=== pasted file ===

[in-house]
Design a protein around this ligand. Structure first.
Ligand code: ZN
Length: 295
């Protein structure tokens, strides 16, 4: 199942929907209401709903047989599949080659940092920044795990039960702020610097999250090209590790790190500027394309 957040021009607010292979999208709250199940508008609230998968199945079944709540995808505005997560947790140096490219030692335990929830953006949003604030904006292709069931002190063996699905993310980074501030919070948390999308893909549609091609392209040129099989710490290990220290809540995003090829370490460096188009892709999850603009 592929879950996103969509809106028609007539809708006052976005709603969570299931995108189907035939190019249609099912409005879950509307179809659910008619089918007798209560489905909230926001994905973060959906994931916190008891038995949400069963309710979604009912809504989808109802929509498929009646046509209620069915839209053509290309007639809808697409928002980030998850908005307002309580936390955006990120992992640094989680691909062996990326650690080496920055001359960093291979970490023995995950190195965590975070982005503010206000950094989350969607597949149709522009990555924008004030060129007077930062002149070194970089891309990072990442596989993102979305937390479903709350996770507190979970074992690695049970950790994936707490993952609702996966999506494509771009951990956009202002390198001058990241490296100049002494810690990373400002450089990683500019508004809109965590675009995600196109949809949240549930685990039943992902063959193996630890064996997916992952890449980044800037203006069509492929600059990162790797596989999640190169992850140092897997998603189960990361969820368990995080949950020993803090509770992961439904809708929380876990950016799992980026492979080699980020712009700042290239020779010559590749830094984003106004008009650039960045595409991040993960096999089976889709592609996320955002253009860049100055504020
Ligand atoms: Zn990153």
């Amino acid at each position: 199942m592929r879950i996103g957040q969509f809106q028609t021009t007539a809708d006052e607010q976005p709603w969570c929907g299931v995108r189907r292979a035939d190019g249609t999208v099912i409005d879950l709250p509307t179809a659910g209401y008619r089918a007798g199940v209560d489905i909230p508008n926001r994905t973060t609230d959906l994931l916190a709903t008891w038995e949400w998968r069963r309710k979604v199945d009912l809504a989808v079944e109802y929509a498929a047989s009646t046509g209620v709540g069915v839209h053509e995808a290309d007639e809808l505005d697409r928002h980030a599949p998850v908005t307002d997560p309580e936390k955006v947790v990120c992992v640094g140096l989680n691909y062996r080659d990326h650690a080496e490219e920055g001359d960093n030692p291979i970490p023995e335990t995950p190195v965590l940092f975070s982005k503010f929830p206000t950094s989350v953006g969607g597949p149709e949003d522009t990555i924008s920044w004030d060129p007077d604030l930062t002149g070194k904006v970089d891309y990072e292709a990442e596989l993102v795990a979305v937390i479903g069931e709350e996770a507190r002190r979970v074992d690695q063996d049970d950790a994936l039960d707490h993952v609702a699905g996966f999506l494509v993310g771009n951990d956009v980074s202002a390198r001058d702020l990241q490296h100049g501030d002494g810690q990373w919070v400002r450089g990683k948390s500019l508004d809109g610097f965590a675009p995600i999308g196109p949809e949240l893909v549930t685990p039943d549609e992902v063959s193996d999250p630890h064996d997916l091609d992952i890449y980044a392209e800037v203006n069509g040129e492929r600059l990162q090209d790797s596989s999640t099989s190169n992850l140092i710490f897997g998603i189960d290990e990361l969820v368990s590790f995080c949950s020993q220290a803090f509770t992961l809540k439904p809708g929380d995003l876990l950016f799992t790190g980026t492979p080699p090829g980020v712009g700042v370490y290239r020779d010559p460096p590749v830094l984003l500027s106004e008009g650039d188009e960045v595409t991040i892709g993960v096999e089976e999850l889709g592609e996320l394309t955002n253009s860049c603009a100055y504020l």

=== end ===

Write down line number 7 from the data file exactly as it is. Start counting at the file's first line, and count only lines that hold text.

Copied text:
């Amino acid at each position: 199942m592929r879950i996103g957040q969509f809106q028609t021009t007539a809708d006052e607010q976005p709603w969570c929907g299931v995108r189907r292979a035939d190019g249609t999208v099912i409005d879950l709250p509307t179809a659910g209401y008619r089918a007798g199940v209560d489905i909230p508008n926001r994905t973060t609230d959906l994931l916190a709903t008891w038995e949400w998968r069963r309710k979604v199945d009912l809504a989808v079944e109802y929509a498929a047989s009646t046509g209620v709540g069915v839209h053509e995808a290309d007639e809808l505005d697409r928002h980030a599949p998850v908005t307002d997560p309580e936390k955006v947790v990120c992992v640094g140096l989680n691909y062996r080659d990326h650690a080496e490219e920055g001359d960093n030692p291979i970490p023995e335990t995950p190195v965590l940092f975070s982005k503010f929830p206000t950094s989350v953006g969607g597949p149709e949003d522009t990555i924008s920044w004030d060129p007077d604030l930062t002149g070194k904006v970089d891309y990072e292709a990442e596989l993102v795990a979305v937390i479903g069931e709350e996770a507190r002190r979970v074992d690695q063996d049970d950790a994936l039960d707490h993952v609702a699905g996966f999506l494509v993310g771009n951990d956009v980074s202002a390198r001058d702020l990241q490296h100049g501030d002494g810690q990373w919070v400002r450089g990683k948390s500019l508004d809109g610097f965590a675009p995600i999308g196109p949809e949240l893909v549930t685990p039943d549609e992902v063959s193996d999250p630890h064996d997916l091609d992952i890449y980044a392209e800037v203006n069509g040129e492929r600059l990162q090209d790797s596989s999640t099989s190169n992850l140092i710490f897997g998603i189960d290990e990361l969820v368990s590790f995080c949950s020993q220290a803090f509770t992961l809540k439904p809708g929380d995003l876990l950016f799992t790190g980026t492979p080699p090829g980020v712009g700042v370490y290239r020779d010559p460096p590749v830094l984003l500027s106004e008009g650039d188009e960045v595409t991040i892709g993960v096999e089976e999850l889709g592609e996320l394309t955002n253009s860049c603009a100055y504020l």